EMC Pushes Service Horizons

Continues its IBM imitation by bulking up managed services

April 13, 2006

4 Min Read
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Unless you've been visiting other planets, you already know that EMC is making services a big priority.

Today, EMC cranked out two releases reminding us of this ongoing strategy. (See EMC Extends Services and American Express Picks EMC.) Mainly, the company enhanced its managed services with three new offerings:

  • EMC Managed Utility Service, combining onsite services with pay-as-you-grow asset procurement.

  • EMC Residency Services, consisting of EMC onsite personnel that peform tasks such as resource management, provisioning, and root cause analysis.

  • EMC Storage Management Services (SMS), which assign on-site EMC personnel to help customers with more than 100 Tbytes manage their storage.

EMC also revealed that American Express and Toyota Motorsport GmbH have signed on to let EMC manage their storage.

Either EMC is looking to increase its market share in services, or the Hopkinton gang is trying to distract people from wondering where it's 4-Gbit/s Clariions are.

EMC isn't exactly a newcomer to services. According to IDC's 2004 market figures -- its 2005 numbers aren't yet available -- EMC had the largest storage services revenue among pure-play storage companies. It trailed IBM, EDS, CSC, and Hewlett-Packard, but led StorageTek [now part of Sun], Veritas [now part of Symantec], Hitachi Data Systems, and Network Appliance.Now EMC is pushing out service horizons. The vendor also has invested in its ambition. Earlier this year, EMC acquired software technology from Acxiom Corp. that it will use for service offerings and bought Internosis for its Microsoft service expertise. (See EMC Unveils Grid Gameplan and EMC Buys Windows Expertise.)

"I would not underestimate EMC's seriousness about growing their services business," IDC analyst Doug Chandler says. "They're adding headcount, and they even made an acquisition around Microsoft Exchange, which is an interesting area for them to pursue but fits into [EMC's] larger ILM strategy.

When EMC acquired Internosis, Internosis customer Luke Marvin of Analog Devices said it looked like EMC was trying to grow up to be IBM as a service provider. But the vendor likely has another strategy in mind. While IBM and Hewlett-Packard build services around other vendors' products as well as their own, EMC and other pure-play storage vendors provide services around their own products.

By moving deeper into managed services, as opposed to maintenance and support services, EMC is attempting to use services that help sell products instead of providing services around products they've already sold.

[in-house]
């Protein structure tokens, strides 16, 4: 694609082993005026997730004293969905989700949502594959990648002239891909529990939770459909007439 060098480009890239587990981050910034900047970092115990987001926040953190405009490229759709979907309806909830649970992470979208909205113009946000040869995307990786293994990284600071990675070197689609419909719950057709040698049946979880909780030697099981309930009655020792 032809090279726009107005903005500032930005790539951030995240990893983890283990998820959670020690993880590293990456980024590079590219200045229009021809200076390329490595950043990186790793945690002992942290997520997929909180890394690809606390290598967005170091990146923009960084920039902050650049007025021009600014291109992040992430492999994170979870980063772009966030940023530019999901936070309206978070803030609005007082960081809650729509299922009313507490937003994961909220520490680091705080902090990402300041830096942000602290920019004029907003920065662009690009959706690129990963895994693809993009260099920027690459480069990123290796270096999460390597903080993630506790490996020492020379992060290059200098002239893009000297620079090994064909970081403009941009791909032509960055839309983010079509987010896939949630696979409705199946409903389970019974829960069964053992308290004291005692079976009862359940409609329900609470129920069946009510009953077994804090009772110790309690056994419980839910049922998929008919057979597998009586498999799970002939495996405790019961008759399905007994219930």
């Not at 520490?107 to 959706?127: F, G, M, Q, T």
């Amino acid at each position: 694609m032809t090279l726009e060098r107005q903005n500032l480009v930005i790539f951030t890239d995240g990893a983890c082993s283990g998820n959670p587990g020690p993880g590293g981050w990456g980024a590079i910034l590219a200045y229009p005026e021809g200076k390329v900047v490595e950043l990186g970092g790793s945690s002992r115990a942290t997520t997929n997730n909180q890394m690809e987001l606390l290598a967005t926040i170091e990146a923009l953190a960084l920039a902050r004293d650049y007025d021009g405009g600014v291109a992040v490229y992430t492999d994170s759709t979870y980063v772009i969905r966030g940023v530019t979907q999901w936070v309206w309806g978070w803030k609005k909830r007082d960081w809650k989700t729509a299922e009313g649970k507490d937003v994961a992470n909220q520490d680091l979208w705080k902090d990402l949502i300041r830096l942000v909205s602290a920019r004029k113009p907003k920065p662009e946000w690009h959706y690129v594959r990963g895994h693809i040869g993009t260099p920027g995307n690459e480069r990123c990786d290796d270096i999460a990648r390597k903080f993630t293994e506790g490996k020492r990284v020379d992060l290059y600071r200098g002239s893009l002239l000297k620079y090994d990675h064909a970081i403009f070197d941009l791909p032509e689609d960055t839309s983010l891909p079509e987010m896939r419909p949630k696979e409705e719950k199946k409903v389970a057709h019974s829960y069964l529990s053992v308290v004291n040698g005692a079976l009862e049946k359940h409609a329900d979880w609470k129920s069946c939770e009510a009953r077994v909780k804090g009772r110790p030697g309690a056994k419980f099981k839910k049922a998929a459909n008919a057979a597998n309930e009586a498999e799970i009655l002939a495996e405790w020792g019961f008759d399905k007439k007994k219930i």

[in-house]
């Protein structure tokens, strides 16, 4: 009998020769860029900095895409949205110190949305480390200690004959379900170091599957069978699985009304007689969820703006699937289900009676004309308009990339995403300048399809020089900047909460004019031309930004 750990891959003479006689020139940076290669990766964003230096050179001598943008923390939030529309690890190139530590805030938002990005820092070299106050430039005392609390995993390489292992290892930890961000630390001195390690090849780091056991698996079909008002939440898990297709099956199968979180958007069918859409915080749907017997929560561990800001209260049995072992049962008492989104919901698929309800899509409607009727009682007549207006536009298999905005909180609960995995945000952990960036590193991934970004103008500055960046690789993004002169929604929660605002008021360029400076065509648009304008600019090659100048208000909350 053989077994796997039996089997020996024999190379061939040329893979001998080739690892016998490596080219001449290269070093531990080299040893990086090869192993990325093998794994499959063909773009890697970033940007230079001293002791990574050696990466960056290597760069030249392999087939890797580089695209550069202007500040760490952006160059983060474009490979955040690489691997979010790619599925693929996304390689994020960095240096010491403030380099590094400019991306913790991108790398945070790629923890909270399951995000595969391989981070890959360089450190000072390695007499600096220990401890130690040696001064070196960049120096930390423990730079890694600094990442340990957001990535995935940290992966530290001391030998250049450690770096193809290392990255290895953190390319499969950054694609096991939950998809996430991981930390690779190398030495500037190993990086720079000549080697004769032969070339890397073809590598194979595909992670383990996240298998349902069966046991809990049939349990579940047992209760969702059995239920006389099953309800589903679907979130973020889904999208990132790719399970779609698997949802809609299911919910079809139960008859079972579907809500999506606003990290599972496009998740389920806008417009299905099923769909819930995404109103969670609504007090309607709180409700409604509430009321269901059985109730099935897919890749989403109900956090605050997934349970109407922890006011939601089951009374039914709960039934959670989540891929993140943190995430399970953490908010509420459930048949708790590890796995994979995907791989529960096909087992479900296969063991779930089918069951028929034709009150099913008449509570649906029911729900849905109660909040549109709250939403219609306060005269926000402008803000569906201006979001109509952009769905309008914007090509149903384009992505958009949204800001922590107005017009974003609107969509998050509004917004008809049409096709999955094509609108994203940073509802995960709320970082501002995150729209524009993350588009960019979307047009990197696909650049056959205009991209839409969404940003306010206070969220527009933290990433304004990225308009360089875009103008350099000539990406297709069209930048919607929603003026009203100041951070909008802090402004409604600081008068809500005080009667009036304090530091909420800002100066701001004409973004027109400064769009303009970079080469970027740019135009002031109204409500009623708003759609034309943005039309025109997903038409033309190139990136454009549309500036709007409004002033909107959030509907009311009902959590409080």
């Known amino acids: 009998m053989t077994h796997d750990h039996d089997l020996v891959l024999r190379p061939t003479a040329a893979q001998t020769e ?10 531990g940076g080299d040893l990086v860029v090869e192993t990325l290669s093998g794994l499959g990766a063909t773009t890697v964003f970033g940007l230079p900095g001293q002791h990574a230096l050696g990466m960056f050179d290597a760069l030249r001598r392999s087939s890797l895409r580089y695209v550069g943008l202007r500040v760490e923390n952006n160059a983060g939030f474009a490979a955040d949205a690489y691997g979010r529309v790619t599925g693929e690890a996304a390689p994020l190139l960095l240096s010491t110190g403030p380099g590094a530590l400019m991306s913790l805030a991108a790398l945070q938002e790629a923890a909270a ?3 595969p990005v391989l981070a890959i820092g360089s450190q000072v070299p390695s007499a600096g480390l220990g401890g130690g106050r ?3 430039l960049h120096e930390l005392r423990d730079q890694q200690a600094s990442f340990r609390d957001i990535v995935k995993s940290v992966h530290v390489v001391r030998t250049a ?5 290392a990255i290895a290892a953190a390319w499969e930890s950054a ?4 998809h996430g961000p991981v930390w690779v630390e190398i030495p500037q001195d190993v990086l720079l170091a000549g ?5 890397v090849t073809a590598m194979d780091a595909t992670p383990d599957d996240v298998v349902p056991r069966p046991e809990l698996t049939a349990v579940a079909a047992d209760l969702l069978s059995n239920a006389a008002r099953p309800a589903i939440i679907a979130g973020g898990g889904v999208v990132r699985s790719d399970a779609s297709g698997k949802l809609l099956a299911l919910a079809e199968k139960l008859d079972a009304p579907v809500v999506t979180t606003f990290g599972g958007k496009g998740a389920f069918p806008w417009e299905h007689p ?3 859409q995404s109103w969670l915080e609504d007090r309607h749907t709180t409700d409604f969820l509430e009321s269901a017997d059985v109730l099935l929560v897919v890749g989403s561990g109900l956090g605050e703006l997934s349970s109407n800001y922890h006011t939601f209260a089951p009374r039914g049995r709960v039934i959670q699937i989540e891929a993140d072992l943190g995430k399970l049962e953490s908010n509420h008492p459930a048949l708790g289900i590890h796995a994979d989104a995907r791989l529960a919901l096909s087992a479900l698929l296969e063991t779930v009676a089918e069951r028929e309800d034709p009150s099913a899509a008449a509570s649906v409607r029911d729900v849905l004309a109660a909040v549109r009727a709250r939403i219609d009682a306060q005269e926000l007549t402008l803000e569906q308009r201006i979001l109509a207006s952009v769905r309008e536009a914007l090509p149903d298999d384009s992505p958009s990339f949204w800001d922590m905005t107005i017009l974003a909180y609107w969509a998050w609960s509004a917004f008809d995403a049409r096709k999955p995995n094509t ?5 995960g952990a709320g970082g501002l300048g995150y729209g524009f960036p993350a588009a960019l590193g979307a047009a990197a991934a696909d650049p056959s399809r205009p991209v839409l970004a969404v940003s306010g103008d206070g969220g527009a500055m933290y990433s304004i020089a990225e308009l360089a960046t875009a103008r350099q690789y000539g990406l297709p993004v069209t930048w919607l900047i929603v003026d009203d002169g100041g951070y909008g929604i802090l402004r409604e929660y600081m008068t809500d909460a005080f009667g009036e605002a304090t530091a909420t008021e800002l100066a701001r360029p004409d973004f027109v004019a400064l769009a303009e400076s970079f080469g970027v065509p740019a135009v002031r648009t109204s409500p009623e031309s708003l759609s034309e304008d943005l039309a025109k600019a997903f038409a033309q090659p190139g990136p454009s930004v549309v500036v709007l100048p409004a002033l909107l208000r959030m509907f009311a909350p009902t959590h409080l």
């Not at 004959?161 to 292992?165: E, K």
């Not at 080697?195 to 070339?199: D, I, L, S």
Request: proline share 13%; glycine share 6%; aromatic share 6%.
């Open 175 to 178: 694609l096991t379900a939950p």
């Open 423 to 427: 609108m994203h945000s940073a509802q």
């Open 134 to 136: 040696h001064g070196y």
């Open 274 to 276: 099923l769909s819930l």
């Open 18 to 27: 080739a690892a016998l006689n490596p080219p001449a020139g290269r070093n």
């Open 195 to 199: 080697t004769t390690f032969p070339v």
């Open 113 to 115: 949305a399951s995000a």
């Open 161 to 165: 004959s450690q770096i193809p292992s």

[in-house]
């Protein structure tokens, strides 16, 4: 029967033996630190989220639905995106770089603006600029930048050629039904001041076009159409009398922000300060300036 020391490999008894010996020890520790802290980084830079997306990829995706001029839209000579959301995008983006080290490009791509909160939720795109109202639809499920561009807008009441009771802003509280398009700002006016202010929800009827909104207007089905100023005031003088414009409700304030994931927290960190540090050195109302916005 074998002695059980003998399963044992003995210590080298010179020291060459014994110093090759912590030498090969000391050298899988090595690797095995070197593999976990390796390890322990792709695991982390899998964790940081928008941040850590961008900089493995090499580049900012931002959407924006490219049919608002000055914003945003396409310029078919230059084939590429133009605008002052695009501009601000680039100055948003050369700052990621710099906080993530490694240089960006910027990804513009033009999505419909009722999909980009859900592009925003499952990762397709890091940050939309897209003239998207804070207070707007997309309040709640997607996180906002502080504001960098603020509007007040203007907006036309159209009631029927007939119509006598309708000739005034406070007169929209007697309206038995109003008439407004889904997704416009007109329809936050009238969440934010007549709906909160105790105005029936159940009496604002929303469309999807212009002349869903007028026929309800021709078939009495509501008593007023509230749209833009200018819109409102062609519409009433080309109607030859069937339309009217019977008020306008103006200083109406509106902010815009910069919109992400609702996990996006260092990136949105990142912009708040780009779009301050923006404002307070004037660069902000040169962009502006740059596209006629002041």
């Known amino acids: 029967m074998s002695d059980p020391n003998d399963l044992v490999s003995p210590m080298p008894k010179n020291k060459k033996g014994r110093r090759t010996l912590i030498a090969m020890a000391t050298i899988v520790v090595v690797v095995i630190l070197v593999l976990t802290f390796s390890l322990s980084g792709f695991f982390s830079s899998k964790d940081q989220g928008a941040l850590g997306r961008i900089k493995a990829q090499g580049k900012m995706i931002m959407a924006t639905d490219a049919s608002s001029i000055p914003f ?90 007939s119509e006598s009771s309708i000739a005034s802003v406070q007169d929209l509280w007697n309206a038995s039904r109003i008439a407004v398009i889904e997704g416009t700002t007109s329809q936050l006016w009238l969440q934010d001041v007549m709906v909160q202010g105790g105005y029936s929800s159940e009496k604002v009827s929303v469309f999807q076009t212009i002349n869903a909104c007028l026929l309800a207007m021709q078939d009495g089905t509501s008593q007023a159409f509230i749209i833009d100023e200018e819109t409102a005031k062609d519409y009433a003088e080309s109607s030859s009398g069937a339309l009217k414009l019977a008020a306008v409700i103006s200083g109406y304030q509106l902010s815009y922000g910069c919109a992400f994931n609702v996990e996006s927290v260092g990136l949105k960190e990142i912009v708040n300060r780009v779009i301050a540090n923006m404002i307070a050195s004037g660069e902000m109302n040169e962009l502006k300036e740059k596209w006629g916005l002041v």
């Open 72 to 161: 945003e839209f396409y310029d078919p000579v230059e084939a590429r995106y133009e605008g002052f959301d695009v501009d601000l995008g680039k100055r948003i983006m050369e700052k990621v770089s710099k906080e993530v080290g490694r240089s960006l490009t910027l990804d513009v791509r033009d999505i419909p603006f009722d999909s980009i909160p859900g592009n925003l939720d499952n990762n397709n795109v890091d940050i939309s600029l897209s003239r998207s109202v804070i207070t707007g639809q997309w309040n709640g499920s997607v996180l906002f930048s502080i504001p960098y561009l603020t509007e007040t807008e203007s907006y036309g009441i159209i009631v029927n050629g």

"It's a defensive strategy against outsourcing," Gartner analyst Adam Couture says of EMC's managed services strategy. "Once an outsourcer enters the picture, they usually make the hardware decisions. If an EDS gets in there, that's probably OK for EMC because EDS is largely an EMC shop. But if IBM gets in there or CSC [a Hitachi Data Systems partner] gets in there, you're at risk for account control. These managed services help you maintain account control."It remains to be seen how well the strategy will pay off. Although services have picked up in recent years, there's still more growth in selling products. For instance, EMC's revenue for systems in the fourth quarter of 2005 grew 19 percent compared to 4 percent for services. And service revenue started from a smaller base.

Another analyst thinks EMC's move into managed services could backfire. Arun Taneja of the Taneja Group says EMC would do better to partner with managed service providers instead of competing with them.

"What's EMC's primary value prop in the market?" Taneja wonders. "They're a full-scale product supplier, so why wouldn't they use that to arm a whole lot of managed service providers?"

IDC's Chandler, though, notes that services have become the way of the storage world. "EMC has been expanding its professional services for three or four years. NetApp has largely been focused on customer support the last two years. Hitachi has been fairly slow out of the gate, but they have put a new emphasis on it. Services portfolios are beginning to look more alive than they did a few years ago."

Dave Raffo, Senior Editor, Byte and SwitchOrganizations mentioned in this article:

  • Computer Sciences Corp. (CSC) (NYSE: CSC)

  • Electronic Data Systems Corp. (EDS) (NYSE: EDS)

  • EMC Corp. (NYSE: EMC)

  • Gartner Inc.

  • Hewlett-Packard Co. (NYSE: HPQ)

  • Hitachi Data Systems (HDS)

  • IBM Corp. (NYSE: IBM)

  • IDC

  • Network Appliance Inc. (Nasdaq: NTAP)

  • Sun Microsystems Inc. (Nasdaq: SUNW)

  • Symantec Corp.

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